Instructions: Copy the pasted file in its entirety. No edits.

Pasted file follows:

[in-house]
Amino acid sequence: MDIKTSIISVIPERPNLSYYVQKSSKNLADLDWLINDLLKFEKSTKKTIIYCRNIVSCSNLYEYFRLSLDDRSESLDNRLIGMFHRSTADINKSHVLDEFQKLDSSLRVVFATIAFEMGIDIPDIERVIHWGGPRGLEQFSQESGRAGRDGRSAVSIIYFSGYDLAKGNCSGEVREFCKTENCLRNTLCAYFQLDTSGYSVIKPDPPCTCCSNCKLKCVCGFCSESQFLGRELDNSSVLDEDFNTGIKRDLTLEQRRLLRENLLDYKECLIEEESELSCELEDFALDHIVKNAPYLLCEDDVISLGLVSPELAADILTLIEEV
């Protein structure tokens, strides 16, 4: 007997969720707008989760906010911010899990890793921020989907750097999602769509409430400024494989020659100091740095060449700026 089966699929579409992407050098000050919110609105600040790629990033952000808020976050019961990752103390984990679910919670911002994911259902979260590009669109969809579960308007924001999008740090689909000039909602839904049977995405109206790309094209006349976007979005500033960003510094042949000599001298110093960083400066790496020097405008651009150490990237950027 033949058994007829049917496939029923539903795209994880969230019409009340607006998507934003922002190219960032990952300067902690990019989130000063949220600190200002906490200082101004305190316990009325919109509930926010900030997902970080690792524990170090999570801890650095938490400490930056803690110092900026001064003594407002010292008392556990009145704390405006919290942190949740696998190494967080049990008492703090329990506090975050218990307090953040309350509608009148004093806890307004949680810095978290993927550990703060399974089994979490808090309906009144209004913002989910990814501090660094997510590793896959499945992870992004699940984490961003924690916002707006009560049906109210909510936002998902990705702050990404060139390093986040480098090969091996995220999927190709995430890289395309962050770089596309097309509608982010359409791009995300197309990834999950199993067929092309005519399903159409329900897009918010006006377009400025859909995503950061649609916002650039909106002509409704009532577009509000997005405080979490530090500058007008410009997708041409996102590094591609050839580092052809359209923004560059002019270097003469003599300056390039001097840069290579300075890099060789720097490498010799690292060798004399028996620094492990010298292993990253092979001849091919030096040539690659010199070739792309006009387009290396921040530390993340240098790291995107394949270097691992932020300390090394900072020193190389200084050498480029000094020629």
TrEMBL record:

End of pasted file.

[in-house]
Amino acid sequence: MDIKTSIISVIPERPNLSYYVQKSSKNLADLDWLINDLLKFEKSTKKTIIYCRNIVSCSNLYEYFRLSLDDRSESLDNRLIGMFHRSTADINKSHVLDEFQKLDSSLRVVFATIAFEMGIDIPDIERVIHWGGPRGLEQFSQESGRAGRDGRSAVSIIYFSGYDLAKGNCSGEVREFCKTENCLRNTLCAYFQLDTSGYSVIKPDPPCTCCSNCKLKCVCGFCSESQFLGRELDNSSVLDEDFNTGIKRDLTLEQRRLLRENLLDYKECLIEEESELSCELEDFALDHIVKNAPYLLCEDDVISLGLVSPELAADILTLIEEV
């Protein structure tokens, strides 16, 4: 007997969720707008989760906010911010899990890793921020989907750097999602769509409430400024494989020659100091740095060449700026 089966699929579409992407050098000050919110609105600040790629990033952000808020976050019961990752103390984990679910919670911002994911259902979260590009669109969809579960308007924001999008740090689909000039909602839904049977995405109206790309094209006349976007979005500033960003510094042949000599001298110093960083400066790496020097405008651009150490990237950027 033949058994007829049917496939029923539903795209994880969230019409009340607006998507934003922002190219960032990952300067902690990019989130000063949220600190200002906490200082101004305190316990009325919109509930926010900030997902970080690792524990170090999570801890650095938490400490930056803690110092900026001064003594407002010292008392556990009145704390405006919290942190949740696998190494967080049990008492703090329990506090975050218990307090953040309350509608009148004093806890307004949680810095978290993927550990703060399974089994979490808090309906009144209004913002989910990814501090660094997510590793896959499945992870992004699940984490961003924690916002707006009560049906109210909510936002998902990705702050990404060139390093986040480098090969091996995220999927190709995430890289395309962050770089596309097309509608982010359409791009995300197309990834999950199993067929092309005519399903159409329900897009918010006006377009400025859909995503950061649609916002650039909106002509409704009532577009509000997005405080979490530090500058007008410009997708041409996102590094591609050839580092052809359209923004560059002019270097003469003599300056390039001097840069290579300075890099060789720097490498010799690292060798004399028996620094492990010298292993990253092979001849091919030096040539690659010199070739792309006009387009290396921040530390993340240098790291995107394949270097691992932020300390090394900072020193190389200084050498480029000094020629």
TrEMBL record: